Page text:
He’s conscious of the effect, where people see the extreme comments of the vocal minority who use Twitter, and then assert that the minority represents the general consensus.

He specifically refers to overblown fears about ‘cancel culture’: “Those problems, I think have been recast as societal — society-wide problems. So we’ve got journalists and media people who are afraid that cancer culture is a crisis in our society… Which is not to say that I think, you know, sending abuse to famous people is reasonable behaviour. I don’t.”

Beckett-King questions common narratives surrounding cultural shifts, and the popular idea that the new generation is an overly sensitive one. 

“I’m always sceptical of claims that we’ve changed, that there’s a new crisis, that people these days are so offended. Well, I think people got quite offended about things in the past as well. It’s just that we didn’t have Twitter to express it.”

He is also doubtful of the notion that the internet creates an echo chamber effect: “There is this idea that we need to get out of our echo chambers, I think we need to get back into our echo chambers! We didn’t used to hang out with Neo-Nazis the whole time, and finding out what they think everyday is really annoying!”

Beckett-King said he was not envious of people growing up with the internet, “I’m pleased that there was no record of what I would’ve tried to say, and jokes I would’ve made that I would now be extremely embarrassed by.”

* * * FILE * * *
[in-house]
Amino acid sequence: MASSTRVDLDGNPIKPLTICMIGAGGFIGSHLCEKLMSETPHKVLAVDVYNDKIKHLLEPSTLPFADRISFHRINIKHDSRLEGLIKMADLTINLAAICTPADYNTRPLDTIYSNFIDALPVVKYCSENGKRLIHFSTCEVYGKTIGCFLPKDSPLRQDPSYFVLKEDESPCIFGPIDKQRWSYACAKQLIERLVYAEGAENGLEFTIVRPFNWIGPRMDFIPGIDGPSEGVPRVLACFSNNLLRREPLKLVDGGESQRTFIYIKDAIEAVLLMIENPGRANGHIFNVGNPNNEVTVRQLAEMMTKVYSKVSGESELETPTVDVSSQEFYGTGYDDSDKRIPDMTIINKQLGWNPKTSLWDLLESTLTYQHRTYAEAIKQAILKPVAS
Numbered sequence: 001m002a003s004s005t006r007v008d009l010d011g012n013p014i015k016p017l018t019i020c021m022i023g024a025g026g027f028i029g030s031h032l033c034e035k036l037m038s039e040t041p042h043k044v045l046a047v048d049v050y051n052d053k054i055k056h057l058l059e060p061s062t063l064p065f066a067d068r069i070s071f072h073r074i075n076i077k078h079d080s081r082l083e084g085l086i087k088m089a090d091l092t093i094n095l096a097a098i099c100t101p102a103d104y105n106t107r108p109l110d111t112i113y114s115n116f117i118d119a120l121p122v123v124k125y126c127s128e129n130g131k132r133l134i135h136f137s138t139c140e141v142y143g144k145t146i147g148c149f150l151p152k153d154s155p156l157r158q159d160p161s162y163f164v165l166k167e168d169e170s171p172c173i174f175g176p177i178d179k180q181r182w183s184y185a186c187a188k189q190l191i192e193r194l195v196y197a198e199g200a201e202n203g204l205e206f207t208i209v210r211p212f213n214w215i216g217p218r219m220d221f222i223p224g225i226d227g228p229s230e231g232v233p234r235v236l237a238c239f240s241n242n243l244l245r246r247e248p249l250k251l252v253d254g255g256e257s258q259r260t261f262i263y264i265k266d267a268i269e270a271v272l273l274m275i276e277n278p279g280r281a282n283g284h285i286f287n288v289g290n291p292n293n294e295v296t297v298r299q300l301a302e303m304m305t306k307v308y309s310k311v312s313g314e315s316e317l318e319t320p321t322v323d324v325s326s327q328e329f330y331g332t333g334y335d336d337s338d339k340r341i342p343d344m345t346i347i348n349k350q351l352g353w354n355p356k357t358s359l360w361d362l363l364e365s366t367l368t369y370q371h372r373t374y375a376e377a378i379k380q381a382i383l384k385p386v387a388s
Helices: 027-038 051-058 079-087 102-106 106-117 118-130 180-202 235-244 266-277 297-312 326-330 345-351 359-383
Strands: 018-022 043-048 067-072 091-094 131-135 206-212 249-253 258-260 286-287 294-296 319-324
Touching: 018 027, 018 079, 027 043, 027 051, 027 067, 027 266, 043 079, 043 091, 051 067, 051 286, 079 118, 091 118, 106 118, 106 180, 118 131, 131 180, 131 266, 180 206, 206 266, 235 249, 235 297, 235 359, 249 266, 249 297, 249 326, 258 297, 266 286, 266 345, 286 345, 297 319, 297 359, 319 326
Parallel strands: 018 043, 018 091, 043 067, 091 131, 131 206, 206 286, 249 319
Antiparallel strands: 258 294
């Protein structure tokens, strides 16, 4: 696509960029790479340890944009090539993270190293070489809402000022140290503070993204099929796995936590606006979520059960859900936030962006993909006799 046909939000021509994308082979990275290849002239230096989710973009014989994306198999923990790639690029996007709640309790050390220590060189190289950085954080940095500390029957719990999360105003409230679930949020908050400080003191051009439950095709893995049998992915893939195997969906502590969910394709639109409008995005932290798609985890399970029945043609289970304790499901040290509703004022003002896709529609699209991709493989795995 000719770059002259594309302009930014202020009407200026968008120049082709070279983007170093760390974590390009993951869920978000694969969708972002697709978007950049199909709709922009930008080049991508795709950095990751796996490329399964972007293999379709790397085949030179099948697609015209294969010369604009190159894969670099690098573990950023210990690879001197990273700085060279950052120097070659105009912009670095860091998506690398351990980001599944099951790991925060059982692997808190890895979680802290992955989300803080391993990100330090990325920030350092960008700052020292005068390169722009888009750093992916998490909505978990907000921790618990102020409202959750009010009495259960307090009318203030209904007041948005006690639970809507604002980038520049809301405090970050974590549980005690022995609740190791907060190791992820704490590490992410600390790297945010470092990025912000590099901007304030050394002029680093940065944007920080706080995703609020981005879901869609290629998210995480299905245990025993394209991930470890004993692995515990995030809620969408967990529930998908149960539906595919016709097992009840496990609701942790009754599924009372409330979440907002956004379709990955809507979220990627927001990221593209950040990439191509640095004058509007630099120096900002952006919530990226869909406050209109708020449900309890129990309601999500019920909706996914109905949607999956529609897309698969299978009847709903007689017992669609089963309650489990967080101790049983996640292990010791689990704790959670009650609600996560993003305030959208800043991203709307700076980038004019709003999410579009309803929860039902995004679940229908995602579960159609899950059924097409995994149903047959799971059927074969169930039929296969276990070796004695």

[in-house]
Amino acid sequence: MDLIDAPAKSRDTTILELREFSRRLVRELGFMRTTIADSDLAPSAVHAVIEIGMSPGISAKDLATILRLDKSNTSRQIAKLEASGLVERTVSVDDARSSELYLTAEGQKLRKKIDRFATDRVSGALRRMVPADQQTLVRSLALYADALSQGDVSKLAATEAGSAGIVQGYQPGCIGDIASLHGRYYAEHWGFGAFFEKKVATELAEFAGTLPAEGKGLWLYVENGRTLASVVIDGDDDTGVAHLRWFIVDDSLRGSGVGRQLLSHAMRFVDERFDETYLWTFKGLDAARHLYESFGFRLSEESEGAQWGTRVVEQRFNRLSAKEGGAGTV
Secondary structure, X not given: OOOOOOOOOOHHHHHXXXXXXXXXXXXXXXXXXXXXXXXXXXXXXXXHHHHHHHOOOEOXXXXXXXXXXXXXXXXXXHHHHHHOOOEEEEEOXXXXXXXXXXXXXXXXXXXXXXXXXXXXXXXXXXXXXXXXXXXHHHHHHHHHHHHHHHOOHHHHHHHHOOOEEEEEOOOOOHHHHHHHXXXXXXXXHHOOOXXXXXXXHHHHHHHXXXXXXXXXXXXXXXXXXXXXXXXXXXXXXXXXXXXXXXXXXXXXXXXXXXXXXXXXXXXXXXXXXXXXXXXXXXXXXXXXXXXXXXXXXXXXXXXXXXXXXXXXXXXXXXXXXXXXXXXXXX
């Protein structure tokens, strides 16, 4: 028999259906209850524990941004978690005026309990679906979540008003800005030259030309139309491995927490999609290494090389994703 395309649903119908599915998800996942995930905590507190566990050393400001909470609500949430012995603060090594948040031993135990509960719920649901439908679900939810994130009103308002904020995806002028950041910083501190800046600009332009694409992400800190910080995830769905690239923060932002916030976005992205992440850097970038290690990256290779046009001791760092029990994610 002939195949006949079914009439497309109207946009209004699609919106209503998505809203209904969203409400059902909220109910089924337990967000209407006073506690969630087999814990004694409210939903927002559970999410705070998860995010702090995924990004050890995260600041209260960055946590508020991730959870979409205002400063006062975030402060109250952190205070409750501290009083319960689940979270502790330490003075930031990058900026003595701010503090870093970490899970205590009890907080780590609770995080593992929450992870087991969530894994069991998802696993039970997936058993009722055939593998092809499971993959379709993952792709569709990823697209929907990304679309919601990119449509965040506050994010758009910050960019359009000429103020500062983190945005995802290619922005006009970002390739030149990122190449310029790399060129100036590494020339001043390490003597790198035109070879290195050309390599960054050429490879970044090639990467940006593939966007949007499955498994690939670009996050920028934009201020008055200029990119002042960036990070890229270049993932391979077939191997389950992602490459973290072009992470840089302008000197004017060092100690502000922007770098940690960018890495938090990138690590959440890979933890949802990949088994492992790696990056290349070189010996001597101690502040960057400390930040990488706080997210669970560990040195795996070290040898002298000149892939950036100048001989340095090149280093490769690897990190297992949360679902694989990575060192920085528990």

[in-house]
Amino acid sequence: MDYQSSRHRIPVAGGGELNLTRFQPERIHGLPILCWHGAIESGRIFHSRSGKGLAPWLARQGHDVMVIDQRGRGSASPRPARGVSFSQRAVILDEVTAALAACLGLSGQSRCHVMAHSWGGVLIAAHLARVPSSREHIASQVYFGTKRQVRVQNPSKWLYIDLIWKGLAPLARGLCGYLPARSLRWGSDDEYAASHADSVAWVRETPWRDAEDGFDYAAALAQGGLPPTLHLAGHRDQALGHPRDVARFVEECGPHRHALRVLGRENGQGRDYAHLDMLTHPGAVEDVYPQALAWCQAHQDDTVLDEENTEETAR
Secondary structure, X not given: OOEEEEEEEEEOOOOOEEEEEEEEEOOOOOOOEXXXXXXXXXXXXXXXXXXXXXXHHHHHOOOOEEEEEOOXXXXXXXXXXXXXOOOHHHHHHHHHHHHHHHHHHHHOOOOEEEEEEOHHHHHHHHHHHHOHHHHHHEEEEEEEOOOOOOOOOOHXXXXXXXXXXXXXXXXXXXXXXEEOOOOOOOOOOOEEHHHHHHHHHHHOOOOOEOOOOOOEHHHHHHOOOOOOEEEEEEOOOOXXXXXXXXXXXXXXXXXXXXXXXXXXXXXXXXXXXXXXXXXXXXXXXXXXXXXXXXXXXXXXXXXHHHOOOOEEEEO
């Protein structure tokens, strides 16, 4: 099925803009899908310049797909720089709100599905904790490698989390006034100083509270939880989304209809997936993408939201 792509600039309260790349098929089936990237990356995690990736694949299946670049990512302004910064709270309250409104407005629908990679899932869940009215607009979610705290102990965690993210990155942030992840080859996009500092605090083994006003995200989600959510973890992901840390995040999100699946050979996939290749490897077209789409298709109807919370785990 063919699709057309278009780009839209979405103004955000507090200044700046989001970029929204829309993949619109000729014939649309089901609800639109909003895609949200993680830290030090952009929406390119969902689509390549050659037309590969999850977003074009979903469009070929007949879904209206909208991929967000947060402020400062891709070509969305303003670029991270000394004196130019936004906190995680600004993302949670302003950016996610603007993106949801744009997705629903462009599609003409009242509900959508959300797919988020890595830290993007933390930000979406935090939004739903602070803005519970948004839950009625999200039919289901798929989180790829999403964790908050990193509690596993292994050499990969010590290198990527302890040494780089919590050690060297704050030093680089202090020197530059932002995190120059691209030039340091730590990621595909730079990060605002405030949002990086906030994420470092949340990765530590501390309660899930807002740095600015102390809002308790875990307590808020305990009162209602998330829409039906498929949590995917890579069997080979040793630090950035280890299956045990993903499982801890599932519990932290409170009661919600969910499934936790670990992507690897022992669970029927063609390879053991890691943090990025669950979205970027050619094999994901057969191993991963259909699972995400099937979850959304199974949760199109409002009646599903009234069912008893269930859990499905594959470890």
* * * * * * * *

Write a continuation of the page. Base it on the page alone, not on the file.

Though thankful he didn’t have social media in his early twenties, he calls out snobbery directed at artists that make use of the online platforms 

“They’re just trying to reach an audience in mind. if a new thing comes along, I don’t think it’s that it’s that different. I don’t think trying to be a TikTok comedian is that different to being a stand-up comedian? If you’re making people laugh, what does it matter?”

This has been an exciting year for Beckett-King’s creative projects, as well as coming to the end of their first UK Tour, they also became a published children’s author.

His murder mystery novel for 9-12 year olds, Montgomery Bon Bon: Murder at the Museum, was released in February. It sees ten-year-old Bonnie Montgomery dons a large false moustache to become the foreign gentleman detective Montgomery Bon Bon, because of course “kids aren’t allowed to solve crimes”.

Beckett-King is an avid fan of the murder mystery genre, and has recently watched Columbo in its entirety. The book was a passion project of his that had been brewing for some time, though not always initially intended to be a book. He describes the novel writing process as “incredibly difficult”.

Playing at Manchester HOME Theatre tomorrow, Beckett-King tells us that his father is from Manchester and he is “basically second generation Mancunian, if that’s a thing”.

“Manchester owes me,” he jokes. “[You] should come to the show to see what the son of a Mancunian man would be like, if he had really not run with the Mancunian vibe.”

Alasdair Beckett-King’s The Interdimensional ABK show takes place Sunday 4th June – Monday 5th June at HOME. Visit homemcr.org/production for tickets and more information.

About the author / 

Clayton McLoughlin-Lopez